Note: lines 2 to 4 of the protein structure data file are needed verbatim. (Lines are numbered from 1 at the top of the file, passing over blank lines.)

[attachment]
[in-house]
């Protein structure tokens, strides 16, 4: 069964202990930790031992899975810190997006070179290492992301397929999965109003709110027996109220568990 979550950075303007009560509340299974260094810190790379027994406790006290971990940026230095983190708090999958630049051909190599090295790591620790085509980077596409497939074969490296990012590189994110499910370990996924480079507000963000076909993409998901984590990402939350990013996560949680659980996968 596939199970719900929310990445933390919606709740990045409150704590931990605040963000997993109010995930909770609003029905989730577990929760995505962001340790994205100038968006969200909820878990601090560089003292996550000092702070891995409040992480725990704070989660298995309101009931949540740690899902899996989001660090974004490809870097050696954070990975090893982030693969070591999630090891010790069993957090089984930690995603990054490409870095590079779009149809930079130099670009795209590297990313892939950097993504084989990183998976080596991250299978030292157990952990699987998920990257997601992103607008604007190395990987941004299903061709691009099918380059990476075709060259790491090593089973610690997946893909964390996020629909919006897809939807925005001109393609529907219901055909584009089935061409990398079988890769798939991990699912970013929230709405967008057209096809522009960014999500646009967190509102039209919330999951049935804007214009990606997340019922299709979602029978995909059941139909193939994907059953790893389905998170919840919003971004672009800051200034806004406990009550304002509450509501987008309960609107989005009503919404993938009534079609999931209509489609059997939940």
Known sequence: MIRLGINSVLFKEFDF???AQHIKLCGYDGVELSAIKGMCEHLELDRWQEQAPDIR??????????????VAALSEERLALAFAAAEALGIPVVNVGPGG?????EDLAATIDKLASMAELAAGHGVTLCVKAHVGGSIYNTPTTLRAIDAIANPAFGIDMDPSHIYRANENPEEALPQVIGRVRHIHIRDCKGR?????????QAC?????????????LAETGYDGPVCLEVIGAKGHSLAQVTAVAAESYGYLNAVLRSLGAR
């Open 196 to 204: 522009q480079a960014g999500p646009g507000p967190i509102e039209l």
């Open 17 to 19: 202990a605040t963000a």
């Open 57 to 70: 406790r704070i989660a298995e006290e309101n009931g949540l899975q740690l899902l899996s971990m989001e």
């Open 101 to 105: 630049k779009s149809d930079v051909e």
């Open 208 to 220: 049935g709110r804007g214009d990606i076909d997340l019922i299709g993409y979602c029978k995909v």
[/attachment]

């Protein structure tokens, strides 16, 4: 069964202990930790031992899975810190997006070179290492992301397929999965109003709110027996109220568990 979550950075303007009560509340299974260094810190790379027994406790006290971990940026230095983190708090999958630049051909190599090295790591620790085509980077596409497939074969490296990012590189994110499910370990996924480079507000963000076909993409998901984590990402939350990013996560949680659980996968 596939199970719900929310990445933390919606709740990045409150704590931990605040963000997993109010995930909770609003029905989730577990929760995505962001340790994205100038968006969200909820878990601090560089003292996550000092702070891995409040992480725990704070989660298995309101009931949540740690899902899996989001660090974004490809870097050696954070990975090893982030693969070591999630090891010790069993957090089984930690995603990054490409870095590079779009149809930079130099670009795209590297990313892939950097993504084989990183998976080596991250299978030292157990952990699987998920990257997601992103607008604007190395990987941004299903061709691009099918380059990476075709060259790491090593089973610690997946893909964390996020629909919006897809939807925005001109393609529907219901055909584009089935061409990398079988890769798939991990699912970013929230709405967008057209096809522009960014999500646009967190509102039209919330999951049935804007214009990606997340019922299709979602029978995909059941139909193939994907059953790893389905998170919840919003971004672009800051200034806004406990009550304002509450509501987008309960609107989005009503919404993938009534079609999931209509489609059997939940």
Known sequence: MIRLGINSVLFKEFDF???AQHIKLCGYDGVELSAIKGMCEHLELDRWQEQAPDIR??????????????VAALSEERLALAFAAAEALGIPVVNVGPGG?????EDLAATIDKLASMAELAAGHGVTLCVKAHVGGSIYNTPTTLRAIDAIANPAFGIDMDPSHIYRANENPEEALPQVIGRVRHIHIRDCKGR?????????QAC?????????????LAETGYDGPVCLEVIGAKGHSLAQVTAVAAESYGYLNAVLRSLGAR
């Open 196 to 204: 522009q480079a960014g999500p646009g507000p967190i509102e039209l």